“What do you want to be?” the anarchist asked young people in the middle of their studies. “Lawyers, to invoke the law of the rich, which is unjust by definition? Doctors, to tend the rich, and prescribe good food, fresh air, and rest to the consumptives of the slum? Architects, to house the landlords in comfort? Look around you, and then examine your conscience. Do you not understand that your duty is quite different: to ally yourselves with the exploited, and to work for the destruction of an intolerable system.”
Something I found very interesting is the tone in which Serge relates the early chapters of his life, which he wrote toward the end of his life, well after seeing the intolerable Stalinist regime take over in Russia. In other words, he is faithful to the feelings and tone of his youth, even if as an older man he might find some of the things slightly naïve, or at least much more complicated. Part of the reason, I suspect, is because as an older man he still believes in his younger self. Some of his ideas could be steered devastatingly off-course by the wrong person, but he remains confident that his ideas, that his pursuit for a more just society (knowing it was impossible, but what else should one do with one’s time), are correct.
This in and of itself leads to some interesting conundrums that Serge seemed to struggle with. For example, as a youth he wrote: “Life is not such a great benefit that it is wrong to lose it or criminal to take it.” That is a pithy line and easiest to digest if the cause one is dying for or killing for is one’s own. It’s obvious Serge still believes this even as an older man, but he has lived long enough to witness the unjust murder of many in an effort to prop up one of the most terrible regimes in the twentieth century. Through the book, I don’t think he ever fully reconciles his idea that violence is sometimes justified (though he abhorred it) with the idea that what is justified is a matter of perspective.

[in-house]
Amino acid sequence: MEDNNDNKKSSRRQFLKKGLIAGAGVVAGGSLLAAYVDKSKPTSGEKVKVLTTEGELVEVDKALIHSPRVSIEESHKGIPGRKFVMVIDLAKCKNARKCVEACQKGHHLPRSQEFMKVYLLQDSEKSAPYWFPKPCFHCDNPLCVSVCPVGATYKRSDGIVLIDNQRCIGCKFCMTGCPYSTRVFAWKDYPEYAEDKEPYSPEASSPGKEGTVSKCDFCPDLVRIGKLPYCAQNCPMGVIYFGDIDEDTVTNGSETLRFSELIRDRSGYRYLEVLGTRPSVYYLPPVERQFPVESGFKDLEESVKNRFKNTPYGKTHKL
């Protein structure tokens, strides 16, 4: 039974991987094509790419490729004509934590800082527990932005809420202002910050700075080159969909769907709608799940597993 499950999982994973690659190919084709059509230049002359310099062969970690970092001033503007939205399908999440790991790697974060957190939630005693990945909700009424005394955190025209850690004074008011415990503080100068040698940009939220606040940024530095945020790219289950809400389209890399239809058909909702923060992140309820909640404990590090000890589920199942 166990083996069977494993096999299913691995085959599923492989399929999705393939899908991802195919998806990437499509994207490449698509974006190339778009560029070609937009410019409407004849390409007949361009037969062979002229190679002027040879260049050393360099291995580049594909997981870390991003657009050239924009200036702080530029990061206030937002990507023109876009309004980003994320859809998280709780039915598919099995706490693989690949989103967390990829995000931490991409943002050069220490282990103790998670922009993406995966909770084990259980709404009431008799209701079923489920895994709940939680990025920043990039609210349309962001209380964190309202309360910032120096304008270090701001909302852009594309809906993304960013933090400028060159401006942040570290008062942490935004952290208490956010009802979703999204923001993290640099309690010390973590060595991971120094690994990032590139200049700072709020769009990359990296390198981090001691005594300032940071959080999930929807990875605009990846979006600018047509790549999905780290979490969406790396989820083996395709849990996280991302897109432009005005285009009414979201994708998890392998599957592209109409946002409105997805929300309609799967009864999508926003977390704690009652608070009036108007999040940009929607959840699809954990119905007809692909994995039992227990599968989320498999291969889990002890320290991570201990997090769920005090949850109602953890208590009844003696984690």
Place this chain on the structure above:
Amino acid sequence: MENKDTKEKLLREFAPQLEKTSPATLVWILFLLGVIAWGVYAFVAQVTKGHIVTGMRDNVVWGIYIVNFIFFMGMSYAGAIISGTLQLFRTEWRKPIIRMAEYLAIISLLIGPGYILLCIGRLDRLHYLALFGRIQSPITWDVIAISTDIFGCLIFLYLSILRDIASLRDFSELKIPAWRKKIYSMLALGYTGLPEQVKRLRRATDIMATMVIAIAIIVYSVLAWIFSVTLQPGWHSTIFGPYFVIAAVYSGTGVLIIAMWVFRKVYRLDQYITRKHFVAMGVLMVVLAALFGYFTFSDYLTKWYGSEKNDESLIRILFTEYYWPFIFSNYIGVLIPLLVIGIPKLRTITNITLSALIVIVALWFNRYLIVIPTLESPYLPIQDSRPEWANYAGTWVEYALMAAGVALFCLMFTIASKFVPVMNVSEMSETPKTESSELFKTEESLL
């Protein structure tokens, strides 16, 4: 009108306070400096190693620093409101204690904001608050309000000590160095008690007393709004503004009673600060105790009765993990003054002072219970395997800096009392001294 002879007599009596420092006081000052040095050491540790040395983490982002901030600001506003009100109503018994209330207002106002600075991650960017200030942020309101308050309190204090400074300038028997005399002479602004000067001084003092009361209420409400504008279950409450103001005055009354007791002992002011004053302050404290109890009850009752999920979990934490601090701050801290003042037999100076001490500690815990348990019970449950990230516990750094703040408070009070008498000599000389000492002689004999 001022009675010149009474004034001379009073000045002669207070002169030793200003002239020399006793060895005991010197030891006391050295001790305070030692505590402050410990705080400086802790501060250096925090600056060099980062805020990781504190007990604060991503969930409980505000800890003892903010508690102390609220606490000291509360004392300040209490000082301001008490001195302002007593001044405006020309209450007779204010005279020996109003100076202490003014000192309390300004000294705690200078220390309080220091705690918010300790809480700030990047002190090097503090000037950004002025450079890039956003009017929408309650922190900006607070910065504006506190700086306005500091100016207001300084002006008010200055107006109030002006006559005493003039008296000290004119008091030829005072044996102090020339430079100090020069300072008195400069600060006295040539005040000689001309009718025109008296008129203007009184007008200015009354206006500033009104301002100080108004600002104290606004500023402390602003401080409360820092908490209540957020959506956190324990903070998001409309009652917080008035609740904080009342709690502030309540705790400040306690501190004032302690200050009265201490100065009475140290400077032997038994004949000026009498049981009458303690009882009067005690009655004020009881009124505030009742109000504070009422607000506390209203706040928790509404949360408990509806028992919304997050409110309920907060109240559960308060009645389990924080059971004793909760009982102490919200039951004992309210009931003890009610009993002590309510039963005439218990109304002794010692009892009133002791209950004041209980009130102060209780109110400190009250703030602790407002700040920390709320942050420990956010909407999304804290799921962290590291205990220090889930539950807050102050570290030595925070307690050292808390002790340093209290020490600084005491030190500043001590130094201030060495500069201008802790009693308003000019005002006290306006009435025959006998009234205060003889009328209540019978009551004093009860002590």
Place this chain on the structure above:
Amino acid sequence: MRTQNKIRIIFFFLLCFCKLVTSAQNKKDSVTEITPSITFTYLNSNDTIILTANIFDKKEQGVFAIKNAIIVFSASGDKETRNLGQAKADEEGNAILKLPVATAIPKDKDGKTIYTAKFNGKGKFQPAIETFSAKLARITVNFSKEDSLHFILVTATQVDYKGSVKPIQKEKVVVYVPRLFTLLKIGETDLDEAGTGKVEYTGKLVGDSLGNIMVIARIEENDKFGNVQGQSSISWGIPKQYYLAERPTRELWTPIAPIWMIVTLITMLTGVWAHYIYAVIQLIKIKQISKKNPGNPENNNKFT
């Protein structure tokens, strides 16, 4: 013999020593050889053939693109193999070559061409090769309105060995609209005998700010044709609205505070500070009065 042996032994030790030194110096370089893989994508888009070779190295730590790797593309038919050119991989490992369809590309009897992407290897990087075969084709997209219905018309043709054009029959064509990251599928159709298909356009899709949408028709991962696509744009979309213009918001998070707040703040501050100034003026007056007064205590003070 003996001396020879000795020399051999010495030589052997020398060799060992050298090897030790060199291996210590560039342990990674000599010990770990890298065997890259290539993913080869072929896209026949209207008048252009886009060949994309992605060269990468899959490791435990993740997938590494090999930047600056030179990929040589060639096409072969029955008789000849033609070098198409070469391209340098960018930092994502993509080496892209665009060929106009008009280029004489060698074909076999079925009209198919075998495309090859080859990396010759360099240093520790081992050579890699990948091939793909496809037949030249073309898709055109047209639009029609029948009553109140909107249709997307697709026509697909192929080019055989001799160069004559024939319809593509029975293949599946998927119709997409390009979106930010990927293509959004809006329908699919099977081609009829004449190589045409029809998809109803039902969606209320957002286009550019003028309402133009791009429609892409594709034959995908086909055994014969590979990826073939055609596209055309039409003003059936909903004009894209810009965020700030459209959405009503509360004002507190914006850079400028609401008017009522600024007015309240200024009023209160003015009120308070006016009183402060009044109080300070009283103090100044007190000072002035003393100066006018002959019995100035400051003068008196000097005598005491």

Serge does offer up some potential ways to get around this, though I don’t find them very convincing. For one thing, Serge was always against censorship. One of the failings of the Russian Revolution was that very soon after the government was toppled, the new government suppressed contrarian thought. It seems that the newly formed government recognized that dissent and anarchism was dangerous; after all, what majestic terrors had they been able to accomplish through just such means? But such suppression of thought went against something Serge felt even as a young man in Paris when he gazed out his window at Rodin’s The Thinker: “The bronze Thinker seemed to me to be meditating on that crime, and waiting to be shot himself. After all, how insolent he was, doing nothing but thinking, and how dangerous if he ever came to a conclusion.”
It’s a danger Serge knew his entire life. In one of the excellent introductions to this volume, Adam Hochschild remarks that Serge’s style is the result of urgency, of having many important things to write but not much time to do it before the authorities, whichever ones he was agitating at the time, would bust in and enact who knows what kind of violence.
And the book is filled with violence. The cast of characters is huge, and it seems that on every page one of them is shot or commits suicide, leading Serge to the conclusion that “my very existence was an infraction of the unwritten law of conformity.”
So, whatever your views on Serge’s ideas, here is a supreme volume where one can engage with such ideas from a clear and articulate mind, and one genuinely compassionate, perhaps a rare combination as the conversations go on in the news these days.